And that's why AMD should be hoping Nvidia doesn't come out with guns blazing at launch, offering a huge GPU die size, huge memory bandwidth, lots of high-clocked VRAM, and more. Because if they do, AMD is going to be in trouble unless they've got around to fixing their heat output. Obviously, AMD has long been aware of their heat output woes and terrible reference cooler design, so I'm hopeful AMD will talk to one of their partners to see if they might consider designing a reference cooler that uses multiple fans (like the HD 7990 did). That could help alleviate some of the noise and heat issues.

When 20nm comes out, it's going to be a very interesting launch. We might only see 20nm in Q3 (July 'til September), but when it comes out, we'll probably be seeing some very impressive stuff.

On a side note, TSMC (Taiwan Semiconductor Manufacturing Co.) has announced they're in mass production of 20nm chips. Meaning we might just see 20nm coming out soon, or at least we'll see leaks coming out soon (I wonder if the leaks will appear on chinese forums first? hhmmm). You can check that article here:

You can also check out WCCF Tech's slightly older post (3 months old) here, describing AMD trying to come out with their new 14nm GPUs in H1 2014 (meaning before June is over... oh please, by the Bethesda Game Studios gods of gaming, let this not be like the launch of Mantle-enabled drivers) :

Anyways guys, I hope this is a good blog was a good read. And I don't want to sound like a fanboy for Nvidia (I do love AMD, and I always like to cheer for them, but from the leaks, I have to say there's more reason to be optimistic for Nvidia). So, I'd love feedback on this. (Did I leave out anything important? Should I include any other links? Should I have added more historical context for die shrink launches, such as 55nm to 40nm, and 40nm to 28nm? And should I have mentioned performance difference at launch, and then after a few years after the drivers had been optimized for those GPUs, tgheir architecture, and their bugs have been ironed out?)

interesting....... I find the fact that the if 750 ti rumors are true, it sure might lead a way for the higher end cards. but right now, they seem to also kind of be like intel; drag out new products, overprice it.(slightly, and not because crypto currency, but it's actual retail price) When we can find a true mainstream 20nm card that draws low power, low heat, etc. it might be quite a while. They have finally managed to grasp the 28nm process as shown, but will this possibly come to use if they suddenly switch to 20nm?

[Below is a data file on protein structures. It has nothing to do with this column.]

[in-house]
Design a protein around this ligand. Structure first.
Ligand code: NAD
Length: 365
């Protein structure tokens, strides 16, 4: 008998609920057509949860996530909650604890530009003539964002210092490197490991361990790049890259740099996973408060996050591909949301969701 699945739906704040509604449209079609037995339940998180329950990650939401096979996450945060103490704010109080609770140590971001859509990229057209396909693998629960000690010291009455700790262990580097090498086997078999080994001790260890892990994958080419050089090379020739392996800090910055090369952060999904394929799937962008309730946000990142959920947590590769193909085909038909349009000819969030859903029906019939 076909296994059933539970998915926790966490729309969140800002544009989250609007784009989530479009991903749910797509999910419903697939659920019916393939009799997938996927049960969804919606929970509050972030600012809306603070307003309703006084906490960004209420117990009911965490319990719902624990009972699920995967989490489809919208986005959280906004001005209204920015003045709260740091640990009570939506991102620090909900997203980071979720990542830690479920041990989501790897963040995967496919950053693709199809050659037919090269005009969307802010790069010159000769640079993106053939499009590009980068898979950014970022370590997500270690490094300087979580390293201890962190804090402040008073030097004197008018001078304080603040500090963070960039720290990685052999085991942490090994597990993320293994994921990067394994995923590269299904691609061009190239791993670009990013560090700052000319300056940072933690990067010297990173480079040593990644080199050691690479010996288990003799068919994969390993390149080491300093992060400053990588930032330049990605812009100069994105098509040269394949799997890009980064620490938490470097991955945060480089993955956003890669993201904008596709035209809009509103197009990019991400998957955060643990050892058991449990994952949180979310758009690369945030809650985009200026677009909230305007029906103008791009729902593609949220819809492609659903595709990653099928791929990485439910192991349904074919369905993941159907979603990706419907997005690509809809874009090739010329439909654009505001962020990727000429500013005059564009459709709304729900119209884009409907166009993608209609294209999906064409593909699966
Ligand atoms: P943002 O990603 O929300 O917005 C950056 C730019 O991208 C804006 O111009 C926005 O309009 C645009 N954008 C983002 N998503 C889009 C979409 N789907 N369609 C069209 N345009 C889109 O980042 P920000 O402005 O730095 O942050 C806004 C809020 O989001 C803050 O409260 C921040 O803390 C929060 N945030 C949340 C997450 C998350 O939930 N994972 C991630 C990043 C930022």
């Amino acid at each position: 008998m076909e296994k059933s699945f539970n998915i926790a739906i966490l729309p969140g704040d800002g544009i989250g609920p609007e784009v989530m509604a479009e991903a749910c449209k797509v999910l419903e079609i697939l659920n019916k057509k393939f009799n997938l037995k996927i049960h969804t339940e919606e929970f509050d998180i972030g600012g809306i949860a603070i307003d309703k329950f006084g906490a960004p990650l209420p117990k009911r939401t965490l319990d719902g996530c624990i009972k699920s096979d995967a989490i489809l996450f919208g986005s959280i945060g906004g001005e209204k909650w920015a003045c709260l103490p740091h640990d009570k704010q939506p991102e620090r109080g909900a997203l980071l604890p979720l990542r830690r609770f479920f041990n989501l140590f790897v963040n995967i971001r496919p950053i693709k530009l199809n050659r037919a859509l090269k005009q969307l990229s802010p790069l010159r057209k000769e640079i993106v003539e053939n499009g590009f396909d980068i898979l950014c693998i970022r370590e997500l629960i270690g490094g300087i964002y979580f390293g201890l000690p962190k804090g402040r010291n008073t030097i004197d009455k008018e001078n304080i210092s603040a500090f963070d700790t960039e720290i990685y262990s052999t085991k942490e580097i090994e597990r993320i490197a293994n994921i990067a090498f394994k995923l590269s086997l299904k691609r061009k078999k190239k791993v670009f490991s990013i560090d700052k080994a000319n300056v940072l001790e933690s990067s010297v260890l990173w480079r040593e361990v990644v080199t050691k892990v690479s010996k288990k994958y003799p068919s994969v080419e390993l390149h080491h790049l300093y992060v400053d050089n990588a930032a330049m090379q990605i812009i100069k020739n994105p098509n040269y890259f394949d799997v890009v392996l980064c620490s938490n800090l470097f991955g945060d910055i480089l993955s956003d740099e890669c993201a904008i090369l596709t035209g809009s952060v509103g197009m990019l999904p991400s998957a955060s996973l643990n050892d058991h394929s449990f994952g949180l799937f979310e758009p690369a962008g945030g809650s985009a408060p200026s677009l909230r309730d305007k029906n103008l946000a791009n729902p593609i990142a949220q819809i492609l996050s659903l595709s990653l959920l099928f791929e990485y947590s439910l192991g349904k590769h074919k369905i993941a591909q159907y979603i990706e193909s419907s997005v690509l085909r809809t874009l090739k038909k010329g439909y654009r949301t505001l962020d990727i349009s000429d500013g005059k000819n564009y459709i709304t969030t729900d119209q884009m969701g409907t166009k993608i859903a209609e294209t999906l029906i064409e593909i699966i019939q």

I find the fact that nvidia is truly not getting the high resolution market, as low memory bandwidth (such as 192-bit or 128-bit) wouldn't be adaquate for higher resolution. This is often shown in 4K tests with the r9 290x (high memory, 512 bit bandwidth) and the 780 ti (slightly lower memory, only 384-bit), and mainly because of the bandwidth reason. Bandwidth doesn't matter than much in lower resolutions, so we see that the 780 (ti) often destroyed the r9 290(x) during 1080p (sometimes 1440p) resolutions.

Lastly, there was one important factor that could change this all: mantle. Mantle seems to be "slightly" affecting the performance of games, and in a good way. This could potentially be the hidden blade of amd and could easily crush nvidia's plan of any type. If they can also reduce the heat, power, noise, etc. Then they could potentially match nvidia with a much lower price. Mantle would most likely come to play as something that would hold AMD all together in the market, and even early 20nm cards might not be able to grasp the power of the GCN gpus. Now all AMD has to do is play it's cards right. Don't we all remember the early hype when the ps4 and mantle announcement first appeared? "sigh", that could have been a "true" killer, but the actual performance is about as close as when they first advertised it. It's come a far distance from almost a year ago, but it still needs polishing. Definitely. And if AMD actually listens to what we people want (e.g., better cpu processes on our APUs? 8 core apu? etc.), then they can easily control the market.

Just my 2 cents.

You did not mention ARM processor

? gpu's don't use ARM bro.

nvm im so uneducated. thanks xD

Agreed, in part.

Some things I'd like to clarify: Mantle is not going to optimize the graphics side of things, it's mainly there to distribute the CPU load onto more cores, if game developers code their applications to use Mantle, then they don't need to worry so much about multi-threading.

Nvidia did take a beating duw to lower bandwidth at higher resolutions. But they also did a lot better at avoiding lower minimum framerate, meaning there's a lot less stutter on the Nvidia side. CrossFire and SLI woes have been dealt with, fortunately, and due to the importance we've seen about this, it's likely both teams are working to avoid this issue cropping up beforehand.